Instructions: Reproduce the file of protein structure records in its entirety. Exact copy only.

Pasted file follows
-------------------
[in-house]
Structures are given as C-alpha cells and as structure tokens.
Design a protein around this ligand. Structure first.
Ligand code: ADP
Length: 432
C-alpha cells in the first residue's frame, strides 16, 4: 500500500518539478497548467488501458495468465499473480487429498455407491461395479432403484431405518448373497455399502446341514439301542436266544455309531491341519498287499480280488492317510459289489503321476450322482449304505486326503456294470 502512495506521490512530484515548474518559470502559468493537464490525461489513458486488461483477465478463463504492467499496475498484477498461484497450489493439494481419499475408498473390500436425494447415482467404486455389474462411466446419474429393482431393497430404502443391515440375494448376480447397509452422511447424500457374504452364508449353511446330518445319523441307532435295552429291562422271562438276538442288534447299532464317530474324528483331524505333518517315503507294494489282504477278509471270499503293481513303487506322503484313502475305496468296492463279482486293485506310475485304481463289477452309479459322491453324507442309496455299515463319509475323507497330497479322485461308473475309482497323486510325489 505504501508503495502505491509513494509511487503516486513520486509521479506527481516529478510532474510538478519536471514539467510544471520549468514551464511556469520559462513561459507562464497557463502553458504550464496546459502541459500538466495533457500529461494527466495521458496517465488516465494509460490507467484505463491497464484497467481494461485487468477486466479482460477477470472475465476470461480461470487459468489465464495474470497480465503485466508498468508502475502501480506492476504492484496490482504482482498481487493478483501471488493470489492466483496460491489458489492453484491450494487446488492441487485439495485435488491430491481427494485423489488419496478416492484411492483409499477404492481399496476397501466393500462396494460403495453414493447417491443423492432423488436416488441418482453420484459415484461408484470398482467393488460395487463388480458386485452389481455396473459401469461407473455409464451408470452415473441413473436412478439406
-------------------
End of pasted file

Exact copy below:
[in-house]
Structures are given as C-alpha cells and as structure tokens.
Design a protein around this ligand. Structure first.
Ligand code: ADP
Length: 432
C-alpha cells in the first residue's frame, strides 16, 4: 500500500518539478497548467488501458495468465499473480487429498455407491461395479432403484431405518448373497455399502446341514439301542436266544455309531491341519498287499480280488492317510459289489503321476450322482449304505486326503456294470 502512495506521490512530484515548474518559470502559468493537464490525461489513458486488461483477465478463463504492467499496475498484477498461484497450489493439494481419499475408498473390500436425494447415482467404486455389474462411466446419474429393482431393497430404502443391515440375494448376480447397509452422511447424500457374504452364508449353511446330518445319523441307532435295552429291562422271562438276538442288534447299532464317530474324528483331524505333518517315503507294494489282504477278509471270499503293481513303487506322503484313502475305496468296492463279482486293485506310475485304481463289477452309479459322491453324507442309496455299515463319509475323507497330497479322485461308473475309482497323486510325489 505504501508503495502505491509513494509511487503516486513520486509521479506527481516529478510532474510538478519536471514539467510544471520549468514551464511556469520559462513561459507562464497557463502553458504550464496546459502541459500538466495533457500529461494527466495521458496517465488516465494509460490507467484505463491497464484497467481494461485487468477486466479482460477477470472475465476470461480461470487459468489465464495474470497480465503485466508498468508502475502501480506492476504492484496490482504482482498481487493478483501471488493470489492466483496460491489458489492453484491450494487446488492441487485439495485435488491430491481427494485423489488419496478416492484411492483409499477404492481399496476397501466393500462396494460403495453414493447417491443423492432423488436416488441418482453420484459415484461408484470398482467393488460395487463388480458386485452389481455396473459401469461407473455409464451408470452415473441413473436412478439406